It sat in our basement for over 10 years, then we hired movers to lift all of its cast iron weightiness upstairs and into our bathroom. After a serious cleaning with some miracle stuff we had ourselves a beautiful antique clawfoot tub absolutely perfect for the room. Today it looks right at home like it’s been there all its life.
We wanted to turn a vintage piece of furniture into our marble-topped double vanity. We ultimately found the perfect piece in an antique store in Alexandria’s Del Ray neighborhood.
Then we slowly transformed it (and by that I mean we essentially rebuilt the internal structure to support a marble top) into what we had hoped it would be.
We wanted to solve the heating and cooling issues with radiant floor heat for the winter, and have better ducting for the summer.
We wanted to restore the original 1880’s window, fixing the broken sash cords and making the upper sash functional again. We even found historically accurate red dot Samson sash cord to do the job!
We wanted to build custom cabinets completely from scratch to flank the vintage buffet turned vanity. This part of the project took so much longer than expected, but we’re completely thrilled with the outcome!
The list of our wants in this project goes on and on and on, which speaks to the overall scale and number of steps in this project. As we carved out little slivers of time in our evenings and weekends we slowly saw our bathroom taking shape. We even had a little help from our friends.
From start to finish this project was massive, time consuming, challenging, fulfilling, tedious, enjoyable, and one that I’m so glad we took on. It tested our patience and let us build our skills and confidence in taking on larger projects in the future.
Every day when I wake up to take a shower, I look forward to the experience. The large and very luxurious frameless glass shower has a panoramic view of the bathroom (so we can look at everything that took us so very long to build), and a great view out of the window into the canopy of the tree off the side of our house.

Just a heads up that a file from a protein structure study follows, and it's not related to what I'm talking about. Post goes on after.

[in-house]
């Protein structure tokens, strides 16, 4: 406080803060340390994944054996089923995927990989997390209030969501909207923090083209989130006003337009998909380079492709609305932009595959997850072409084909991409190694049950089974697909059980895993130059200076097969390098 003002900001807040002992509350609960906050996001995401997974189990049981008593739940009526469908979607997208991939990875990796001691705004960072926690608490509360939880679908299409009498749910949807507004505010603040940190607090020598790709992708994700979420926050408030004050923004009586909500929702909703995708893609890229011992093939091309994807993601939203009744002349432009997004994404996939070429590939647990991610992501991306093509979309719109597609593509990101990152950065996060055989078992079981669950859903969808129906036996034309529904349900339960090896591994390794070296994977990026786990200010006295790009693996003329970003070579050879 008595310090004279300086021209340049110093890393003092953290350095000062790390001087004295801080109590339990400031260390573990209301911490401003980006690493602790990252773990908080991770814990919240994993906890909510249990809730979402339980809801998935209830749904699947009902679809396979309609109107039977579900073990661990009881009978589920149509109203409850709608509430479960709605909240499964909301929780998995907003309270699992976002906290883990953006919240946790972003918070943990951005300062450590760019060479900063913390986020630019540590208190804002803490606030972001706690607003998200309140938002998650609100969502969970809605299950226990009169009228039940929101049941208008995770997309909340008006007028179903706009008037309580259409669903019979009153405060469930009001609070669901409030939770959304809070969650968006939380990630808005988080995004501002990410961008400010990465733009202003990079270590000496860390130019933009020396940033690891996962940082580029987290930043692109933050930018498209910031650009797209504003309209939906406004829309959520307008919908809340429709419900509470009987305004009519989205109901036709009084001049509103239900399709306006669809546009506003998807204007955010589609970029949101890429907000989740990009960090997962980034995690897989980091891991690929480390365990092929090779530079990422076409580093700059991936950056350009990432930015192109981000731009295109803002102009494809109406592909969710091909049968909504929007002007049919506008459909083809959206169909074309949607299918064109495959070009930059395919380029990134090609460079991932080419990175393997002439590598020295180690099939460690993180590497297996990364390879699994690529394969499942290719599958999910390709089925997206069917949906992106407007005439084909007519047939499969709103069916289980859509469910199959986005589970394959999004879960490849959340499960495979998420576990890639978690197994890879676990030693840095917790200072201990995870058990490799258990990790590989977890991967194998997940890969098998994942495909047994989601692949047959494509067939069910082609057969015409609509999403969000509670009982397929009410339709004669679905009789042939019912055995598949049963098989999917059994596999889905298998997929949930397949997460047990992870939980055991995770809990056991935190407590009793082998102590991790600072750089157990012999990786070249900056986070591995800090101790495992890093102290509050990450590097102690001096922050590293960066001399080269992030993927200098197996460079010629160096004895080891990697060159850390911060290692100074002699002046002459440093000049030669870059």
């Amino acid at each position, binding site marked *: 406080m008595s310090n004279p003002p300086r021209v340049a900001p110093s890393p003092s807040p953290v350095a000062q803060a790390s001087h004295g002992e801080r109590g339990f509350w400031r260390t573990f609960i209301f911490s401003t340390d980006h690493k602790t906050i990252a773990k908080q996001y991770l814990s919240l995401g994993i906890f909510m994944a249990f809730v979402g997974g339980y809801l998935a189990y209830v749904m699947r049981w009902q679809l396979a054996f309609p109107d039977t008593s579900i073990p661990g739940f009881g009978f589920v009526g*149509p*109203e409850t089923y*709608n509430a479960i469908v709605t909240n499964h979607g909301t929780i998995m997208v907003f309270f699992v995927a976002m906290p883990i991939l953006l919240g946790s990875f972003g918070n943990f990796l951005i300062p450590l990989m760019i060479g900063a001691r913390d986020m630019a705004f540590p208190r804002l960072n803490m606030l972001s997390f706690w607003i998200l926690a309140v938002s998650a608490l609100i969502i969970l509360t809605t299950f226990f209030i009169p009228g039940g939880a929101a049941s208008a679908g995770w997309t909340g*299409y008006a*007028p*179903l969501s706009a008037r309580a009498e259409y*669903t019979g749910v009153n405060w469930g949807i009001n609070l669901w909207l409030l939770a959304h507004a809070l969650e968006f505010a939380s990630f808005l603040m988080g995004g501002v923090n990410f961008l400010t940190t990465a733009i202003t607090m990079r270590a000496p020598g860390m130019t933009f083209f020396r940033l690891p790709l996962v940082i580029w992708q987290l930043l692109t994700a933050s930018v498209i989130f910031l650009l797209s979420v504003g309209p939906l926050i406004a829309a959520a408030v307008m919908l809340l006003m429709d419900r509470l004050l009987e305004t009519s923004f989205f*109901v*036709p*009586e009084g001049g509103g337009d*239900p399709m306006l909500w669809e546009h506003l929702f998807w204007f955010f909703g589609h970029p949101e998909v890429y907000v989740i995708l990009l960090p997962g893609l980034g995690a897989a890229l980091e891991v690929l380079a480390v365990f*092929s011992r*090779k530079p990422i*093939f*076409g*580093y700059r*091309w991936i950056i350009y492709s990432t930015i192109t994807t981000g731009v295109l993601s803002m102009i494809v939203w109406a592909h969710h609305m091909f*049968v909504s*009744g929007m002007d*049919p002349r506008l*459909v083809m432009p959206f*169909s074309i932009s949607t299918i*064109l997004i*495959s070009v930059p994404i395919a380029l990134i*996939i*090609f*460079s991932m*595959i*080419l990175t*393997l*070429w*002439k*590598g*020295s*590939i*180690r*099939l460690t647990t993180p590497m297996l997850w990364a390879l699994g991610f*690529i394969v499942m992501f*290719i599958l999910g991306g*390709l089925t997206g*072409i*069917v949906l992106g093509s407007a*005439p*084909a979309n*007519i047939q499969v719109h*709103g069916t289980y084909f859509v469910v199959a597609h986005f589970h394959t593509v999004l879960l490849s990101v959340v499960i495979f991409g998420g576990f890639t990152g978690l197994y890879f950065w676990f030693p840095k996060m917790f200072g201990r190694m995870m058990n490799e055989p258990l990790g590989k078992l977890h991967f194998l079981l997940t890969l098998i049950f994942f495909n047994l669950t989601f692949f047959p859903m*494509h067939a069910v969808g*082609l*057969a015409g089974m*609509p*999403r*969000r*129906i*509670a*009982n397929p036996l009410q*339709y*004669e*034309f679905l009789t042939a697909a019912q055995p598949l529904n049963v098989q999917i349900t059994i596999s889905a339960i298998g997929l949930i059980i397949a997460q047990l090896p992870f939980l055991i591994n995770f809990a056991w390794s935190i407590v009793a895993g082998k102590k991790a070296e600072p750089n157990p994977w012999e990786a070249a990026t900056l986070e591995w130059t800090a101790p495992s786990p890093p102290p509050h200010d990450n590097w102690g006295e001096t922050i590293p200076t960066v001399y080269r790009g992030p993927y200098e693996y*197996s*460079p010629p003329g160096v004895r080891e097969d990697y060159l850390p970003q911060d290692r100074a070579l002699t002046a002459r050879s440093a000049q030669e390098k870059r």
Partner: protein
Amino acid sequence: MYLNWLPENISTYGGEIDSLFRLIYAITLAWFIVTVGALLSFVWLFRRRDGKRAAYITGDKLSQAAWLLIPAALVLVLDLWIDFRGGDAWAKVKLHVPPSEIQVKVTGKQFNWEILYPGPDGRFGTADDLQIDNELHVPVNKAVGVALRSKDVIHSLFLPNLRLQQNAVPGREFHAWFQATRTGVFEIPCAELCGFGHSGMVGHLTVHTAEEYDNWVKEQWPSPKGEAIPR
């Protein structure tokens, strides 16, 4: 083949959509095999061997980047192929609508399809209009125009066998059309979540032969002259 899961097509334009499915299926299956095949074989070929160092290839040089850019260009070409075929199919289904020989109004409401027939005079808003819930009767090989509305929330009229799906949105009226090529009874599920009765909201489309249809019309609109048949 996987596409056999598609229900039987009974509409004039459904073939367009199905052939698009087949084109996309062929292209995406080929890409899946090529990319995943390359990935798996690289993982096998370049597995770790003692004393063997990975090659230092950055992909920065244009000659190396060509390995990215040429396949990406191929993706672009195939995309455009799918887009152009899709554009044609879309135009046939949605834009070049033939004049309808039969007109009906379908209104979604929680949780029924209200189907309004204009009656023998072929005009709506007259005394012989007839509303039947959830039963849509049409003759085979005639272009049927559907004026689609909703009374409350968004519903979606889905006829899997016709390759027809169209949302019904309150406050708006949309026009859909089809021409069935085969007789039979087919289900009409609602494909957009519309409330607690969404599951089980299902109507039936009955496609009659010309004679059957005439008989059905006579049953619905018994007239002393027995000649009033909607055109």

We’re both so very proud of the many small details we know most people will never really notice, but they combine to make a wonderful room.
One of our favorite features of the room ended up being one you can’t even see. The radiant floor heat is so wonderful on those cool mornings that would otherwise be painfully frigid on your feet. In the middle of winter I’ve even found myself standing in the bathroom to warm up a little. Temperature-wise it’s the most comfortable room in the house.
We feel that all of our efforts were very well worth the outcome. While Wendy certainly would have liked it to have been in a much shorter timeline, those years of a non-functional bathroom have begun to slowly fade away.
I look forward to using the confidence, skills, and knowledge we’ve acquired while working on this room and applying it on other projects in the future.
And to those of you that have been patiently reading along since the early days of our blog six years ago, thank you for sticking with us while we slowly and methodically worked on this project. It’s crazy to think about how long this has taken us start to finish, and it’s even crazier to think about everything else we’ve worked on and finished in that time. I’m sure there are some people that thought we’d never be able to say “we’re done” with our bathroom project. Honestly, I think one of those people is actually Wendy. But if there’s one thing about us that’s good to know, it may take us a while but we’ll eventually get the job done. If you’d like to run through all of our posts about the Master Bathroom project, we’ve tagged them all and have them available on the Master Bathroom page.
What’s the longest you’ve ever worked on a single project start to finish? And how would your spouse feel if you exceeded your original estimate on completion by about 1000%? After this I’m starting to think that chronic DIYers might want to add a new section to their wedding vows, “In sickness and in health, regardless of timeline, ’til death do us part.”